WEDNESDAY morning, I was watching the news when the TV started dancing. It was 8:40 AM on my clock. The shaking became more violent so I had to hold the TV set. As the earthquake struck, people along Magsaysay Avenue were screaming and scampering in all directions.

I could not see anybody doing the “drop, cover, and hold on” drill that has been continuously taught to school children, teachers, and government office staff. The earthquake drill was supposed to be done when the ground shakes.

Truth is, humans forget about what has been practiced several times when the real temblor strikes. I admit I did not drop, cover, and hold when the house and everything in it was shaking. Instead, I obeyed my natural reaction and just held on to the TV to stop it from falling.

That’s it. The earthquake shook us, we were rattled and confused, and then we rolled. Nobody dropped, covered, and held on as instructed during drill school. Maybe we wasted time trying hard to implant discipline into our brains.   

Then the shaking subsided. I ran down outside the house to find my little boys huddled with their parents at the garage entrance. Thank God, no one was hurt. Inside the rooms, boxes and books were on the floor.

In the kitchen, a collection of rare whiskey and wine bottles and ceramic figurines that were fixed on top of the ref fell. As I picked up the broken pieces, I thought to myself that if the shaking took longer than 30 seconds just like the 1990 killer earthquake, surely buildings toppled and several deaths could have been reported.    

Later that morning, the US Geological Survey (USGS) came up with the first report saying the earthquake struck northern Luzon at magnitude 7.1 at 8:43 AM local time. The epicenter was about 13 kilometers southeast of the small town of Dolores, Abra province, and had a depth of 10 kilometers, according to USGS.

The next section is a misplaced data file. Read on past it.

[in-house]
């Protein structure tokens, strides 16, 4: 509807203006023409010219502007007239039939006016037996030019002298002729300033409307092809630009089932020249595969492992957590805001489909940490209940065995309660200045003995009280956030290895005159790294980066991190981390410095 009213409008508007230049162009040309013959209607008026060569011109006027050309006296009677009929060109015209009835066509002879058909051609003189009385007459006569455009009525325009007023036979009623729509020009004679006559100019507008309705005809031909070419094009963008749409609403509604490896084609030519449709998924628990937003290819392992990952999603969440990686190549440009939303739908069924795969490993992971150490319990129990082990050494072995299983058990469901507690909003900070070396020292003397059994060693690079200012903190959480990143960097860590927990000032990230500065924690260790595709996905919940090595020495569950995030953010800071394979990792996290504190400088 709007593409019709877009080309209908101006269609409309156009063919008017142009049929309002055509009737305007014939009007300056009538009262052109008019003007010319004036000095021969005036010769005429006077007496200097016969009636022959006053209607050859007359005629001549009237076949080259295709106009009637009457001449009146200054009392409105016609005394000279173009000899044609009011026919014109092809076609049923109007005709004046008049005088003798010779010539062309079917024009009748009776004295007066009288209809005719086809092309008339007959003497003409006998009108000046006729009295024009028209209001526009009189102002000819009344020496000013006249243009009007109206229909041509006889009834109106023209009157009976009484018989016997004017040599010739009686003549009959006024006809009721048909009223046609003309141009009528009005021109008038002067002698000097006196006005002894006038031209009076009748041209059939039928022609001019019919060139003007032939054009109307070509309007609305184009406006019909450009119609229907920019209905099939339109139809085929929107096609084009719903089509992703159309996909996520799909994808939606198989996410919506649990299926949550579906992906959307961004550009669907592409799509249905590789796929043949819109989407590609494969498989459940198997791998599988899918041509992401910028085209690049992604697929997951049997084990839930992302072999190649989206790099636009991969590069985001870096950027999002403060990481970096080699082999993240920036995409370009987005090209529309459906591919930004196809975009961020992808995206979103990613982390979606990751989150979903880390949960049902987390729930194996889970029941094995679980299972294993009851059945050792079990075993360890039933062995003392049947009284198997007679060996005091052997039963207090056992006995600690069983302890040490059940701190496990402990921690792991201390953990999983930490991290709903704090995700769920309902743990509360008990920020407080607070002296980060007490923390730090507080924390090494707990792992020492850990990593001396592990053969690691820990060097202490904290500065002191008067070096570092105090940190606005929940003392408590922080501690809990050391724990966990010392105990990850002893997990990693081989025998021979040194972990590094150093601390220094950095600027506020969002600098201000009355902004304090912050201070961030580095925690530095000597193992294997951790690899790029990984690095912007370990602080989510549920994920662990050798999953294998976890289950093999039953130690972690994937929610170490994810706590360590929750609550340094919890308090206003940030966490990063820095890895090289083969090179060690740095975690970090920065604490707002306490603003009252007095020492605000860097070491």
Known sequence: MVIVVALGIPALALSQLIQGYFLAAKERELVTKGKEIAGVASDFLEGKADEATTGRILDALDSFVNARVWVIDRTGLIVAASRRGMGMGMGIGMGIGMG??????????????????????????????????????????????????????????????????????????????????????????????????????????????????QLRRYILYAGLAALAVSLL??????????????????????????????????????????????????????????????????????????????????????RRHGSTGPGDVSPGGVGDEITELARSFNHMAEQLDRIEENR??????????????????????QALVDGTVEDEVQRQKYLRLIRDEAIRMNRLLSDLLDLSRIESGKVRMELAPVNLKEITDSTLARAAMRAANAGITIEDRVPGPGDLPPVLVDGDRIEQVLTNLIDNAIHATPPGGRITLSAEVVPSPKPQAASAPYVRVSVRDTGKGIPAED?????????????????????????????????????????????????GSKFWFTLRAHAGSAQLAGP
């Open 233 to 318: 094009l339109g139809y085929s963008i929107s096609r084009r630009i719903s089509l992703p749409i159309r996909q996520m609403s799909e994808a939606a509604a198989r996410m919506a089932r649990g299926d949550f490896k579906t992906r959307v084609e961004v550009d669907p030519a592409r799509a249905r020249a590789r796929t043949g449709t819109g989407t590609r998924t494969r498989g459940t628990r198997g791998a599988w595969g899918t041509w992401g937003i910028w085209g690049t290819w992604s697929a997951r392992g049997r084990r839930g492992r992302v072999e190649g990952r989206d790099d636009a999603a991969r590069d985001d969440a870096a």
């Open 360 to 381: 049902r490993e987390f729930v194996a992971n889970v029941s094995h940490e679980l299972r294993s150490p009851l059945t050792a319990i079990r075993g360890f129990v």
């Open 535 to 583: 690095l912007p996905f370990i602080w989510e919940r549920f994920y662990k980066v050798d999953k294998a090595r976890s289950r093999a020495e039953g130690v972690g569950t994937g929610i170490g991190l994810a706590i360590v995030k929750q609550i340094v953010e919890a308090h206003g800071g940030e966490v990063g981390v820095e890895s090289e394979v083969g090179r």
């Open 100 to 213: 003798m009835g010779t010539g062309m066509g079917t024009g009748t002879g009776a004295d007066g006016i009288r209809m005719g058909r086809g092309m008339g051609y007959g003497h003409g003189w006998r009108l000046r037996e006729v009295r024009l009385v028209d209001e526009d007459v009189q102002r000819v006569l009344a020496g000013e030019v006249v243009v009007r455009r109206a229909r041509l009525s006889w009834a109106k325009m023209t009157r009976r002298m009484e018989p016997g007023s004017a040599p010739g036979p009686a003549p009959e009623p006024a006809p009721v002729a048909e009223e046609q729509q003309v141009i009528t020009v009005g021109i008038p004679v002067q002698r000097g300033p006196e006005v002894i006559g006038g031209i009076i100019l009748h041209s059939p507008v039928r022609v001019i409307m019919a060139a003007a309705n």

The magnitude 7.1 tremor was later downgraded to magnitude 7.0. However, still, it was so strong that it was felt in other parts of Luzon, including the Malacanang office of President Marcos who admitted to seeing the chandelier swinging. If so, that means the earthquake shook Manila as well.

Earlier, the National Disaster Risk Reduction and Management Council reported its death toll at only four, while some 131 persons sustained injuries. All four deaths happened in the Cordillera. Careless netizens confused the public, saying a fifth death occurred in Cagayan, but the NDRRMC found out that the news was fake upon verification

The NDRRMC reported that damages to 34 infrastructure in the Cordillera and Ilocos Region reached more than P30 M. Meanwhile, 11 houses were reported destroyed out of a total of 868 houses that were initially damaged.

I heard President Marcos say in a press briefing that they will try to help defray repair expenses of destroyed private houses after government assessment. That is good news and a first of its kind for destroyed houses getting refunded. Although, privately-owned real properties are repaid if these are encroached by public roads.

The NDRRMC reported that a total of 23 roads and five bridges were destroyed or closed to traffic by the earthquake. Five of these are access roads to Benguet, Baguio and the Cordillera. These are Kennon and Palispis-Aspiras highways, Beckel-Andres Cosalan highway, Bua-Itogon road, and Halsema highway that was totally blocked by a rockslide at the Bauko section.

The initial situational report by the NDRRMC said at least 12,945 individuals were affected. I do not exactly get what that means. Maybe the agency is talking about people who were physically affected which can be treated as time passes.

What is not easy to heal is the psychological effect and the mental trauma that the incident has brought to many individuals. The fear and experience brought by the 1990 killer earthquake comes back every time a temblor strikes.

Imagine the torture one gets with every aftershock. Dr. Renato U. Solidum Jr. of the Philippine Institute of Volcanology and Seismology (PHIVOLCS) said they have recorded around 800 aftershocks since Wednesday. Imagine the shake, the rattle, the roll and torture.